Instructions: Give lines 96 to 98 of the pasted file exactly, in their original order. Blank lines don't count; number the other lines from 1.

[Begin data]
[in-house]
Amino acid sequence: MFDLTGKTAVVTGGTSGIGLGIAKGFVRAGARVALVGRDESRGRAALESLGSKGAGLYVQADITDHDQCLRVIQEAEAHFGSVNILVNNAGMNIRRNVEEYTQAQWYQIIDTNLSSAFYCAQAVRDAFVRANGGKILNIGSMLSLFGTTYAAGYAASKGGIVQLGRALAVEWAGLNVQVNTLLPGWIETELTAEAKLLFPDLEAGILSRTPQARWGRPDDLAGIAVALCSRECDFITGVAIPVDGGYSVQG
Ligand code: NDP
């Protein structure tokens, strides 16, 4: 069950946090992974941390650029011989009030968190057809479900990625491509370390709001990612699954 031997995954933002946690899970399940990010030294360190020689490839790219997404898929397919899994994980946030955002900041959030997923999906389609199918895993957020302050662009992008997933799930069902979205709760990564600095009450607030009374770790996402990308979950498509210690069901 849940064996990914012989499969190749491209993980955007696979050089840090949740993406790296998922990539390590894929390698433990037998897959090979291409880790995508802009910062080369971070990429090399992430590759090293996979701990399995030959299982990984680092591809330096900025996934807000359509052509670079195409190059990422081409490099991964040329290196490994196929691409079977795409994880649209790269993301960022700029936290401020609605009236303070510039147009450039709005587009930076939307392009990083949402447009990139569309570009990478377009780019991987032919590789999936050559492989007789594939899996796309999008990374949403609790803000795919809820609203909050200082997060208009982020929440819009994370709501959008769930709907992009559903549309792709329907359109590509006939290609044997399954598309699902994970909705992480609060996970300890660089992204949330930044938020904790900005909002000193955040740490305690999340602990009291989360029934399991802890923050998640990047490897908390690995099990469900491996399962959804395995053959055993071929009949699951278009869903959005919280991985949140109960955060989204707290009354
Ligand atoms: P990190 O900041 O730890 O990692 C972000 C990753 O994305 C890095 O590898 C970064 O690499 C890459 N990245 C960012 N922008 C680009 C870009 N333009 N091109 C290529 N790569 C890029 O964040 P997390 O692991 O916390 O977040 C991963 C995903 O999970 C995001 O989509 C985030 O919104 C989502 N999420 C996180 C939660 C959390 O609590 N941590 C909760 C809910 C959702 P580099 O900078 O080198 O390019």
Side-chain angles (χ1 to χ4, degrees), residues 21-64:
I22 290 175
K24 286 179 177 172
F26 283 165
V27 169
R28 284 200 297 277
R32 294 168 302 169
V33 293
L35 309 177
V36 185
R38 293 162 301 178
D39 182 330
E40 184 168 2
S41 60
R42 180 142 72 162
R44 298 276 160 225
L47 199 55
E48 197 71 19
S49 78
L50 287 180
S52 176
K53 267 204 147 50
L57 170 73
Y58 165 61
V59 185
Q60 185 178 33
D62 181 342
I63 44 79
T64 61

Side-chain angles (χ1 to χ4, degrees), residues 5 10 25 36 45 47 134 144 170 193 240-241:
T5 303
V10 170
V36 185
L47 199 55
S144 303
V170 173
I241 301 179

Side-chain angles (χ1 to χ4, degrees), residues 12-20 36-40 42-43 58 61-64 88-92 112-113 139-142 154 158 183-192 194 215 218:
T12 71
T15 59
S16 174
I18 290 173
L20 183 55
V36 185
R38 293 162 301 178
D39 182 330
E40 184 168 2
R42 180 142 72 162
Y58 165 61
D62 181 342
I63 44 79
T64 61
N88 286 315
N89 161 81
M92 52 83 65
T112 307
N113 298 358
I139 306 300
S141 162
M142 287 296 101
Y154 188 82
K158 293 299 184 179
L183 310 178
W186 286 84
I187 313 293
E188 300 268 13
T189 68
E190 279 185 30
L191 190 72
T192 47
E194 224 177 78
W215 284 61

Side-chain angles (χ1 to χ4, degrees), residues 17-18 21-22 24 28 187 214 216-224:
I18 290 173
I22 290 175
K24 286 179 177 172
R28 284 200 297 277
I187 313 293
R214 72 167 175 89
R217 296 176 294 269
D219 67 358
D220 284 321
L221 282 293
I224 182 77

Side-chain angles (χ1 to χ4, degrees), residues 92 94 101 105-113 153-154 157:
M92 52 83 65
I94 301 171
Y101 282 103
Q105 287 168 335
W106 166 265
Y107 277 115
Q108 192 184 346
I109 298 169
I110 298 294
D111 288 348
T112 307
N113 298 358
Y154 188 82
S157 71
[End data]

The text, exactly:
Y107 277 115
Q108 192 184 346
I109 298 169